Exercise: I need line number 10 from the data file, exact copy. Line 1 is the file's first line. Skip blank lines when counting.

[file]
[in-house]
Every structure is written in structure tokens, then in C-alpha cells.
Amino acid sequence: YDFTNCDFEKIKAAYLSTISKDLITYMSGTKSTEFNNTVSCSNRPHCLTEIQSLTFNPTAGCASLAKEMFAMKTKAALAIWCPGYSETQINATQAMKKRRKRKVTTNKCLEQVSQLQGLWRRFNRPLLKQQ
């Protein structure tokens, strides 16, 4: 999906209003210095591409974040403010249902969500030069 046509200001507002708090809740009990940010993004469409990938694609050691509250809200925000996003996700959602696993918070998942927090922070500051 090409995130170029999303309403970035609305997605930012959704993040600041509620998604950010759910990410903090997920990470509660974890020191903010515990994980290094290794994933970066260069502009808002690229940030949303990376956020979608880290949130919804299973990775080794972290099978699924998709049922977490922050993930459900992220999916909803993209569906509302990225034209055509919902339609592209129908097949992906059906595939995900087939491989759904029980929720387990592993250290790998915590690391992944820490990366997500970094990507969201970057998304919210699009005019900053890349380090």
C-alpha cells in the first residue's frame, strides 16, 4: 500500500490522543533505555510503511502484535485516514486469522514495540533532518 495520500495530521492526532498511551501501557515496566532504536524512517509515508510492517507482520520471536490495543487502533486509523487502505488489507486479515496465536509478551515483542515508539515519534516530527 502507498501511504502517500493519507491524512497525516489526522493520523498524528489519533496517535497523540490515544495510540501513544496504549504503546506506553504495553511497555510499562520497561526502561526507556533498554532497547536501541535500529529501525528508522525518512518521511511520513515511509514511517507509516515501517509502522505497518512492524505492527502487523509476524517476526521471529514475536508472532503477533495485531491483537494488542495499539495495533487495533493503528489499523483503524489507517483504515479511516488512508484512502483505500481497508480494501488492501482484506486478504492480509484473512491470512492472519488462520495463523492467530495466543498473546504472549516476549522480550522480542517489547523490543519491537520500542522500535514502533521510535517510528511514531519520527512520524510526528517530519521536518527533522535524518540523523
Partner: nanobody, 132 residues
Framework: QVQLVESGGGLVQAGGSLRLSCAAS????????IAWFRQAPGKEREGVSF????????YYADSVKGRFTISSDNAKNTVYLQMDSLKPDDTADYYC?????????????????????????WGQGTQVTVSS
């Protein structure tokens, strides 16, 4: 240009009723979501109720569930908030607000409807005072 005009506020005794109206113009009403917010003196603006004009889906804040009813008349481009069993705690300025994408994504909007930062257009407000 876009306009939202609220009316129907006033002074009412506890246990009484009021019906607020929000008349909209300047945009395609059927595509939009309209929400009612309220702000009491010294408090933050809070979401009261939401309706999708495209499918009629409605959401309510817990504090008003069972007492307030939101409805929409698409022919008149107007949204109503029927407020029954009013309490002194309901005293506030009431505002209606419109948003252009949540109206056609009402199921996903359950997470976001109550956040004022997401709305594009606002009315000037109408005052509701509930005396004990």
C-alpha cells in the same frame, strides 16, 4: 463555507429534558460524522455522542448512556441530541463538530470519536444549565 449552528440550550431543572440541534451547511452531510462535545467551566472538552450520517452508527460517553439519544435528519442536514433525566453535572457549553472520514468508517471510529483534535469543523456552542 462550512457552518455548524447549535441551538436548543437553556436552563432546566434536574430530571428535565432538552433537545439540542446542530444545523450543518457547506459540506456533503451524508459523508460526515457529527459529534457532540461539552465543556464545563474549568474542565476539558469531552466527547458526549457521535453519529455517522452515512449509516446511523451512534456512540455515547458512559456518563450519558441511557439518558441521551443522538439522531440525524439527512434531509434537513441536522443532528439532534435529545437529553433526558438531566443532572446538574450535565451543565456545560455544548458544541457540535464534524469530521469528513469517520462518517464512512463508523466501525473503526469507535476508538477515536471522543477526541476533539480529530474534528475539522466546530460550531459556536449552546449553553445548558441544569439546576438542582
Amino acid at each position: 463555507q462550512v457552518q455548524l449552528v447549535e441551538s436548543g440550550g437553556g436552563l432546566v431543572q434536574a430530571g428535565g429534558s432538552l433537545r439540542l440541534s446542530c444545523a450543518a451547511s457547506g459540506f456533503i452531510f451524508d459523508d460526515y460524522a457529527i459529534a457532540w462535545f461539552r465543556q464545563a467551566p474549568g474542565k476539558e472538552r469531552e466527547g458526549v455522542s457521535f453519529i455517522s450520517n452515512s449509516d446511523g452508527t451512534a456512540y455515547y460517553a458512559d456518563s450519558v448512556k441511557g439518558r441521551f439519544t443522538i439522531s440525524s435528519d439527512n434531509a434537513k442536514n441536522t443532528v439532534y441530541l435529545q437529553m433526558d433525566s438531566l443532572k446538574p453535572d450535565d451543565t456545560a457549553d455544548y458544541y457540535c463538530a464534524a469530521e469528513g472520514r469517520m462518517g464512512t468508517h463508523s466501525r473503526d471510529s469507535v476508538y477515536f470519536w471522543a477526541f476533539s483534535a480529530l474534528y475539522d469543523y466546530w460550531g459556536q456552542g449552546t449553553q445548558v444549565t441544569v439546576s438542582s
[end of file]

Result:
Amino acid at each position: 463555507q462550512v457552518q455548524l449552528v447549535e441551538s436548543g440550550g437553556g436552563l432546566v431543572q434536574a430530571g428535565g429534558s432538552l433537545r439540542l440541534s446542530c444545523a450543518a451547511s457547506g459540506f456533503i452531510f451524508d459523508d460526515y460524522a457529527i459529534a457532540w462535545f461539552r465543556q464545563a467551566p474549568g474542565k476539558e472538552r469531552e466527547g458526549v455522542s457521535f453519529i455517522s450520517n452515512s449509516d446511523g452508527t451512534a456512540y455515547y460517553a458512559d456518563s450519558v448512556k441511557g439518558r441521551f439519544t443522538i439522531s440525524s435528519d439527512n434531509a434537513k442536514n441536522t443532528v439532534y441530541l435529545q437529553m433526558d433525566s438531566l443532572k446538574p453535572d450535565d451543565t456545560a457549553d455544548y458544541y457540535c463538530a464534524a469530521e469528513g472520514r469517520m462518517g464512512t468508517h463508523s466501525r473503526d471510529s469507535v476508538y477515536f470519536w471522543a477526541f476533539s483534535a480529530l474534528y475539522d469543523y466546530w460550531g459556536q456552542g449552546t449553553q445548558v444549565t441544569v439546576s438542582s